Lisa Kay Adam * Sarah Allison * Jane Armstrong * Thomas Beller * Ian Bogost * Alicia Catt * Laura Cayouette * Kim Chinquee * Lucy Corin * Douglas R. Dechow * Nicoletta-Laura Dobrescu * Tony D’Souza * Jeani Elbaum * Pia Z. Ehrhardt * Roxane Gay * Thomas Gibbs * Aaron Gilbreath * Anne Gisleson * Anya Groner * Julian Hanna * Rebecca Renee Hess * Susan Hodara * Pam Houston * Harold Jaffe * Chelsey Johnson * Nina Katchadourian * Alethea Kehas * Greg Keeler * Alison Kinney * Anna Leahy * Allyson Goldin Loomis * Jason Harrington * Kevin Haworth * Randy Malamud * Dustin Michael * Ander Monson * Timothy Morton * Peter Olson * Christiana Z. Peppard * Amanda Pleva * Arthur Plotnik * Neal Pollack * Connie Porter * Stephen Rea * Hugo Reinert * Jack Saux * Roger Sedarat * Nicole Sheets * Stewart Sinclair * Hal Sirowitz * Jess Stoner * Anca L. Szilágyi * Priscila Uppal * Matthew Vollmer * Joanna Walsh * Tarn Wilson

Books are available for purchase here!


Spring News!

I’m thrilled to have poem in the new issue of one of my favorite journals, Ecotone. This volume is themed around SOUND! The poem, titled “The Ecology of Falling Whales” is the longest I’ve ever written–a whopping 5 pages–and it’s all about visiting my sister, Maya, at  Friday Harbor Labs in Washington State, where I observed her and other biologists study aquatic life. You can buy the journal and read an excerpt here.



I also wrote about sunlight for The Atlantic in honor of daylight savings. Read the whole thing here.

The frustration of lost sleep gives way to the luminous pleasure of a lengthening day. Sunlight extends past dinnertime. Dog walkers, soccer players, and children in playgrounds bask in a later twilight. Though humans organize our schedules around the clock, Daylight Savings reminds us that our lives, like our planet, revolve around the sun.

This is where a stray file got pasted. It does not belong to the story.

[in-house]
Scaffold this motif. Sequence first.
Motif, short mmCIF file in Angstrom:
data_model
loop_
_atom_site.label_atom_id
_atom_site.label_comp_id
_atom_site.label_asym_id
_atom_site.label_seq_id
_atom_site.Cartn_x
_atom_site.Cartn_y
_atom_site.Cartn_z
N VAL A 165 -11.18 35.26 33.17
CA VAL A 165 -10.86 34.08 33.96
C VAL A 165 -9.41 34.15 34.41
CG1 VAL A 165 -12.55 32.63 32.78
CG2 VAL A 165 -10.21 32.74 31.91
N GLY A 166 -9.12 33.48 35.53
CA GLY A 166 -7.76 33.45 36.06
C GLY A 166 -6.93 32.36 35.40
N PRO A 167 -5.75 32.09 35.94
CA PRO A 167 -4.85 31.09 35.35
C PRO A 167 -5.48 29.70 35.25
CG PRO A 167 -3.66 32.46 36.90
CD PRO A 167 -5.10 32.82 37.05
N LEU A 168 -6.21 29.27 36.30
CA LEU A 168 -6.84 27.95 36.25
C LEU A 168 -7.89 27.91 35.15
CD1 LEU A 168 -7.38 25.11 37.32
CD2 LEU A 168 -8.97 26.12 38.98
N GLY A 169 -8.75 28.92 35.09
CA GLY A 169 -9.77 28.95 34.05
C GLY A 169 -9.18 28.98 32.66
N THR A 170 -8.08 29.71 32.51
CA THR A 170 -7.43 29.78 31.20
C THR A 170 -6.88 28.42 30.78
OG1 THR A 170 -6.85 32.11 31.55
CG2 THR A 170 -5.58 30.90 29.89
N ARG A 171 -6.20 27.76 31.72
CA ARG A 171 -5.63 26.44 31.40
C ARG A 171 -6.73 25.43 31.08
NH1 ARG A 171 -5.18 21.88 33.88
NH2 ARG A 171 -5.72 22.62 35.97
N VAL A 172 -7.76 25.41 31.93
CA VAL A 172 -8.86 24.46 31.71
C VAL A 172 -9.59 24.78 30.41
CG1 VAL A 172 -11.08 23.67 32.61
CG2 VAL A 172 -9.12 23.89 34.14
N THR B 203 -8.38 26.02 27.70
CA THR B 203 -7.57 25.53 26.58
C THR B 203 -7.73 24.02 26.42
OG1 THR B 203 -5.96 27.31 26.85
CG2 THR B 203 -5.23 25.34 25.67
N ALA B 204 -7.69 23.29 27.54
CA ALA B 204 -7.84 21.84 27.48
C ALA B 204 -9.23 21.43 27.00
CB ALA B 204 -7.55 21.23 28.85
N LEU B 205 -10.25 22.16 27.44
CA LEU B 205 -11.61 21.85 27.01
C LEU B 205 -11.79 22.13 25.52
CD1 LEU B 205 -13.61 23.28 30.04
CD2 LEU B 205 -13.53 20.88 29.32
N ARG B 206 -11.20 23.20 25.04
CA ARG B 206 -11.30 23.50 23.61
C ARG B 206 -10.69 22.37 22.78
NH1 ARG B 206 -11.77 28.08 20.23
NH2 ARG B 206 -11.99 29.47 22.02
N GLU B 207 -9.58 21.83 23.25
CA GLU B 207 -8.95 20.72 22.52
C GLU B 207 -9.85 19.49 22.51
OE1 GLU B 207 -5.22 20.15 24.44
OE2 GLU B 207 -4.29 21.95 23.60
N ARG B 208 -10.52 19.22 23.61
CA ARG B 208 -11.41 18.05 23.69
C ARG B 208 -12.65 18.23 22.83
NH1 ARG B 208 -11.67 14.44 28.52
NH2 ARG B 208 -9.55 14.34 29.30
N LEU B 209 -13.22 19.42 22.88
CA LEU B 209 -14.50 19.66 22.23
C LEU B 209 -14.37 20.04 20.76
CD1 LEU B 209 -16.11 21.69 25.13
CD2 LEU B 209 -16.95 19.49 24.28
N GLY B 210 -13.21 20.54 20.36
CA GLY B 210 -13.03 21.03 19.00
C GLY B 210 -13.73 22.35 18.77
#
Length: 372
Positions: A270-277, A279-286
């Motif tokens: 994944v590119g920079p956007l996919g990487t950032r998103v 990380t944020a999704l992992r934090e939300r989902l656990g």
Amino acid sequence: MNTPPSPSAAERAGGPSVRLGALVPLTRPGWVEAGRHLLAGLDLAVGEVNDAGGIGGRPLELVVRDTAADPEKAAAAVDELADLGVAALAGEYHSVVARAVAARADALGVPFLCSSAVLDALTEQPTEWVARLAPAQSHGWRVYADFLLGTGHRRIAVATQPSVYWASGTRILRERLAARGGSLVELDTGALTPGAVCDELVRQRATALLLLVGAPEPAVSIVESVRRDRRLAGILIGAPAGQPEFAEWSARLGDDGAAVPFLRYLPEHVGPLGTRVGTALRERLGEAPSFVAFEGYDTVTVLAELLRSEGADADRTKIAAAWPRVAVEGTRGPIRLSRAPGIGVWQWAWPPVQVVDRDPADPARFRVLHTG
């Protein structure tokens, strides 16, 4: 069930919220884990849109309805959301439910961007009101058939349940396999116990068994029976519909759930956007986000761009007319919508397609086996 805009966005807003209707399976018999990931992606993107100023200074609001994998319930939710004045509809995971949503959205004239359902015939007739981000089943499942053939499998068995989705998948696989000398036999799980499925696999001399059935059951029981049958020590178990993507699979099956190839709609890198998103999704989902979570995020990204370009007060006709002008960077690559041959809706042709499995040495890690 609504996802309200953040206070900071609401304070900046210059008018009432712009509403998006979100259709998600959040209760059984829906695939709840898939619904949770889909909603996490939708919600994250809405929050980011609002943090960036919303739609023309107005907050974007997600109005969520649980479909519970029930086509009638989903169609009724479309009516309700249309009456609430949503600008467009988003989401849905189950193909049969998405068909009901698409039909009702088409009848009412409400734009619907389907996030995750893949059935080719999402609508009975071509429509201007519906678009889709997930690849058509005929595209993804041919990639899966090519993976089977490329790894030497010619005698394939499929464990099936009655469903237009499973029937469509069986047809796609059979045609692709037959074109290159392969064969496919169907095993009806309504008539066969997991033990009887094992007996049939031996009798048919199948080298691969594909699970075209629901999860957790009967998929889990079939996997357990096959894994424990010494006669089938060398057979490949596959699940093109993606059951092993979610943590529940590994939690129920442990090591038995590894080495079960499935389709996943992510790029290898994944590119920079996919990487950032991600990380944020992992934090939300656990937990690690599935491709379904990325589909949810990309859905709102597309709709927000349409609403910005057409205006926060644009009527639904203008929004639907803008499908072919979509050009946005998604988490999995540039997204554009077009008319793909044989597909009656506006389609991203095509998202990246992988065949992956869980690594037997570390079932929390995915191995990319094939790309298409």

The lovely Anna Currey interviewed me about sisters, the environment, and writing across genre.

I don’t want to teach anything I don’t believe in. It’s important to talk about making writing entertaining, which is obvious, but doesn’t gets much air time in academic settings. Any piece of writing is competing for a reader’s attention span. It has to be more interesting than someone’s cell phone or television. Entertainment is something I talk about with my students, and something I think about in my own writing. We have to work hard for our readers.



Here’s an excerpt from an interview I did with Chris Schaberg about his newest book The End of Airports. Read the whole thing at Terrain.Org.

It’s a common response that “everything changed” after 9/11. But having worked at the airport during—and through—that time, my overwhelming feeling was that things hadn’t changed at all. It’s just that people suddenly had a scapegoat for all the things they wanted to do, say, and enact around air travel. Racism especially: this became so ridiculously easy after 9/11. But it was already there, in the airport, of course. If the airport is postmodern, it is for the ways it struggles with and against Ezra Pound’s modernist mandate, “Make it new!” On the one hand, airports want you (the traveler) to feel the verve of the new. On the other hand, airports want you to feel—and to perpetuate—all the old comforts of the same, on and on and on.


Five Stories About Espionage